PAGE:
It’s sunny and bright outside, the birds are chirping, shrubs are budding, flowers are pushing up. Nevertheless, my mood is dark as wet earth. This morning, Michael and I tried to walk with Calvin alongside the downtown shops, but every few steps our son balked, bending at the waist, seemingly inclined to sit. The “fresh” baguette we bought was stale. Nellie irksomely pulled at the end of her tether. Nearby children fussed and squalled, their parents gawking at Calvin while he drooled and stared at the sun.

"Why did I move to Maine?" I groused, complaining of the town's feng shui, unfairly comparing it with San Francisco.

San Francisco, where I lived for ten years, was warm and inviting, dotted with lovely vistas, pleasantly peopled in diverse ways, and pulsating with positive vibes. What's more, in San Francisco there was no Calvin.

I often return to the theme of freedom and of feeling as though I’ve got none now. Sure, when Calvin goes to school I have much of the day to myself to write or putter in the garden, to read or catch up a little on sleep, and to put the house in order. But never do I not worry about my boy or wonder if he’s fallen, if he’s had a seizure, if he’s choked on food at school. Always do I jump—heart racing—when my Calvin phone rings, fearing the worst has happened. And when Calvin comes home, I’m consigned to walking in circles in his wake, standing beside him while he bangs the bathroom shutters as he has the past ten years, or placing myself between him and any sliver of direct sunlight for which his eyes hunt with reckless compulsion.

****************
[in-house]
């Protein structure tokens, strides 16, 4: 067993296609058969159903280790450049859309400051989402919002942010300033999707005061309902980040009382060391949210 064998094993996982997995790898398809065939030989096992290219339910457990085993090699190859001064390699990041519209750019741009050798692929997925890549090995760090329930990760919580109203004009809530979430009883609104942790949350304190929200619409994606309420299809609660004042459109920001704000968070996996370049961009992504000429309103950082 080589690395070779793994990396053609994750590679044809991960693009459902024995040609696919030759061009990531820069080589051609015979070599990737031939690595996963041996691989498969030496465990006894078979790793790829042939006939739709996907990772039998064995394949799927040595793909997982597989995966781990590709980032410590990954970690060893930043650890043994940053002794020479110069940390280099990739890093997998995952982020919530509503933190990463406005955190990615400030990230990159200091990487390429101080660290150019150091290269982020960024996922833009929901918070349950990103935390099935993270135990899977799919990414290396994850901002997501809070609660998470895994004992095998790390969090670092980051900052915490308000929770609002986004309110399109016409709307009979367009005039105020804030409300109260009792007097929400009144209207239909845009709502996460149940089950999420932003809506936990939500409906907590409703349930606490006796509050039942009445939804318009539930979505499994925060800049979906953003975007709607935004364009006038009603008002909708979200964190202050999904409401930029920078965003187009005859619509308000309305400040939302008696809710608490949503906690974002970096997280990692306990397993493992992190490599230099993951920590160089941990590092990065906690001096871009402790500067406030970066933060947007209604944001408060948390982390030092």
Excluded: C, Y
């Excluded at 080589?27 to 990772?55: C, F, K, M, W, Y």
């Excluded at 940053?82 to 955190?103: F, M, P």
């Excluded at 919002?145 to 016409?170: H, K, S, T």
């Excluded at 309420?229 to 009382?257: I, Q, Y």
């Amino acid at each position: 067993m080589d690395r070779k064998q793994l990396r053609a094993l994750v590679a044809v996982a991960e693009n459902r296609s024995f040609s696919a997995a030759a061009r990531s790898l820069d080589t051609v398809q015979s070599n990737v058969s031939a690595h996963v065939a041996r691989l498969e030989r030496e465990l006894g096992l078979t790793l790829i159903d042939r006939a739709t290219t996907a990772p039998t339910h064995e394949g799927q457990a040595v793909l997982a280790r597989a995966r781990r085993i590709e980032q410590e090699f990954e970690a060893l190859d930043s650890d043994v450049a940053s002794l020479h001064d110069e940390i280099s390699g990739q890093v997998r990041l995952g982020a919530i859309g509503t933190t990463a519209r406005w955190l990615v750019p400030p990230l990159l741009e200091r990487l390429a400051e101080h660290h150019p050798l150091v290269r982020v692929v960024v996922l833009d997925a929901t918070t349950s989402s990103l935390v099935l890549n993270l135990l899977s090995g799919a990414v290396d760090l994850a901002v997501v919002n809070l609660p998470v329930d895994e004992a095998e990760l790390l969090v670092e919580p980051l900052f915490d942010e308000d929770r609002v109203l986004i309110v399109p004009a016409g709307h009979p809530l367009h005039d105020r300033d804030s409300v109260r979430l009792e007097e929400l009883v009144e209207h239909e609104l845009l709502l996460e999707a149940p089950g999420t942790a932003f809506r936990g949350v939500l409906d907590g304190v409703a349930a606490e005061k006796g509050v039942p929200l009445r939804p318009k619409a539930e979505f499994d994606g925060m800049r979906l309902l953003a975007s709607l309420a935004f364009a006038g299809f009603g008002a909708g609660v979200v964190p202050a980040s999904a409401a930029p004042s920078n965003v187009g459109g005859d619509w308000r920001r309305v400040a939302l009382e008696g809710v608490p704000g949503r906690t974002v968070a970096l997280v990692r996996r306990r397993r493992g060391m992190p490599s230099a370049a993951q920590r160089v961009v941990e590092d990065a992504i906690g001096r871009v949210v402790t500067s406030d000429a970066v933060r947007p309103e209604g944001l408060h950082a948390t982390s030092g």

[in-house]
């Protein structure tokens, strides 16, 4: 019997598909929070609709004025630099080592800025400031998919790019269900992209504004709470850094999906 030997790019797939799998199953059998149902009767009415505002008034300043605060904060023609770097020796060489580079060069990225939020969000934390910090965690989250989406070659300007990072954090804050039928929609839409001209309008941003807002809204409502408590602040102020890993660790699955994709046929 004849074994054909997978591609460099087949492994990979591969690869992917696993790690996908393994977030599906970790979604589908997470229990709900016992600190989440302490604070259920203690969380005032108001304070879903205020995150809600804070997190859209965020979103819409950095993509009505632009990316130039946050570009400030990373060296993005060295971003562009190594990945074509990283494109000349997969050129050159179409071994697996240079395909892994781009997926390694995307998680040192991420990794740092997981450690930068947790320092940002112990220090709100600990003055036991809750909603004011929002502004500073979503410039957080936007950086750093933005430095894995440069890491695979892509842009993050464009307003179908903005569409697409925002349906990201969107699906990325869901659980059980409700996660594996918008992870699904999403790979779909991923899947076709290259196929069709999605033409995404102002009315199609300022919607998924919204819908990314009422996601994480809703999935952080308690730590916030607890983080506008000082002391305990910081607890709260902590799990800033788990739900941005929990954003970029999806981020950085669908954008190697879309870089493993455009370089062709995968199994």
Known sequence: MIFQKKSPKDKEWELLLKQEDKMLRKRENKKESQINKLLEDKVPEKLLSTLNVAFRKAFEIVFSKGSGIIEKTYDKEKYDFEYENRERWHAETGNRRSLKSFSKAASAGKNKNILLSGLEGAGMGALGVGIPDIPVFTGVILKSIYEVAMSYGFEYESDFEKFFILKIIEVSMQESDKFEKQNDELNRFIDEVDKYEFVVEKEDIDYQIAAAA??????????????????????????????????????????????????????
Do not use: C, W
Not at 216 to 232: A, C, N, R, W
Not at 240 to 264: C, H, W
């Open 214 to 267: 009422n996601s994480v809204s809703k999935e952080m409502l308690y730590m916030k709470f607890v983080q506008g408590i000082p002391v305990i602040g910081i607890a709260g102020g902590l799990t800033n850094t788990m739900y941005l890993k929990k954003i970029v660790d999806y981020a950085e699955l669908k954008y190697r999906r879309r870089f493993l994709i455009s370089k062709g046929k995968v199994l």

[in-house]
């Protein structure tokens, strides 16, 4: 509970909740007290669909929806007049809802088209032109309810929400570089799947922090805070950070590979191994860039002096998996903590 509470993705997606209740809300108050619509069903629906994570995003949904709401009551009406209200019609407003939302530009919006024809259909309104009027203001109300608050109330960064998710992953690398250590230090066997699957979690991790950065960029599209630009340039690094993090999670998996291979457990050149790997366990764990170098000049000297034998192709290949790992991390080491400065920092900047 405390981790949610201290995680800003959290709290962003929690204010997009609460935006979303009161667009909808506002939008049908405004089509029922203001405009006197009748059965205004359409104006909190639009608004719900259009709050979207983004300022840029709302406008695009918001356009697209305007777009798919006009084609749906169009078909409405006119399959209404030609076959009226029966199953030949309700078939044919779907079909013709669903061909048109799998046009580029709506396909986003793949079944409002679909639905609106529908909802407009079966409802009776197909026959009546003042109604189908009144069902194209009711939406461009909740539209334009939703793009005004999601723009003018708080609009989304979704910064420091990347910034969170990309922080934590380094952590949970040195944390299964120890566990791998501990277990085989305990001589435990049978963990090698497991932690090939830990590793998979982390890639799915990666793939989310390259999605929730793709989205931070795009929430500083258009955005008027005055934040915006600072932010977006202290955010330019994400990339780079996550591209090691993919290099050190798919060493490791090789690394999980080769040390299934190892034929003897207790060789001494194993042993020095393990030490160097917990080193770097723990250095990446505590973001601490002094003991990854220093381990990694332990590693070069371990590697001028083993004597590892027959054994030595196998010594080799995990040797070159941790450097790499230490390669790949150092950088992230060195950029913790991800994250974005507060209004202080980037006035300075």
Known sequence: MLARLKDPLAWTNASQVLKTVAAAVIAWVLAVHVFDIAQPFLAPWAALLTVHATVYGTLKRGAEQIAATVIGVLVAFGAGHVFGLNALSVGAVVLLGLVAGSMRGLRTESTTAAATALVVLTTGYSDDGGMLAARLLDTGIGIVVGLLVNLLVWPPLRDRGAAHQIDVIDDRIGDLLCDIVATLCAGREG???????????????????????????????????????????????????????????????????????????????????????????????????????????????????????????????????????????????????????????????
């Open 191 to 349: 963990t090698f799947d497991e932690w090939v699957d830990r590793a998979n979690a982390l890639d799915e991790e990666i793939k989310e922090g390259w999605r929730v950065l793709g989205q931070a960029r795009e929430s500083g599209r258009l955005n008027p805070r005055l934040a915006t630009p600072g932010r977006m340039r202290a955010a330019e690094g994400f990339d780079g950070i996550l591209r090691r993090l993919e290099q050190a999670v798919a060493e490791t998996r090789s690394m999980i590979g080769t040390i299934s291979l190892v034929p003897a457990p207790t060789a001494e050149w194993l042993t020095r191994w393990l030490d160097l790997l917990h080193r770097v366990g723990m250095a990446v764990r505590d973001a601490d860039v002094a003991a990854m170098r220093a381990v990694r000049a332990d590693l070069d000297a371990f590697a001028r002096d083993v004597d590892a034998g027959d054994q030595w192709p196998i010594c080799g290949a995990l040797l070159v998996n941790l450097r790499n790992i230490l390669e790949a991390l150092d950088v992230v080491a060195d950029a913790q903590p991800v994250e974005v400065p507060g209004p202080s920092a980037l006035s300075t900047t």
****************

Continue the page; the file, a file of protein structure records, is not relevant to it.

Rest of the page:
My back is not free from lifting my nearly sixty-pound boy. I’ll likely never be released from changing his diapers, spoon feeding him, covering him at night, telling him not to bite his shoes, his kerchief, his sleeve, his books, the table, the carpet, the doors.

I’ll likely never enjoy the freedom of seeing Calvin run ahead—or toward me—or ride a bike or swim in a nearby pool. I'll likely always have to spot my son as he goes up and down the stairs. I doubt I'll ever be free to eat a relaxing family dinner without having to tend to my boy.

When—if—Calvin grows up, I’ll never feel the liberation and glee of seeing him off at the airport to visit his grandparents or attend college or travel the world.

I doubt I'll be free from worry over the next big seizure, or a spate of several within a day or more, or free from the burden of having a child who must take medication scores of times each day. I'll never get respite from the fret and fear of what might be hurting my sweet non-verbal boy.

These true freedoms don't come with a child like Calvin.

Thankfully, though, I managed to get outside today and visit a friend. I walked Nellie off the leash in sun dappled woods, delighted in the sounds of cheering students and of balls hitting bats square on. In spring air still hovering in the low fifties, college girls pranced by in frilly frocks and sandals, the boys in shorts and sneakers, celebrating an annual party weekend.

And as the sweet scent of hyacinth and pansies filled my nostrils, I closed my eyes, took a deep breath, and savored a moment that felt, at least a little bit, free.

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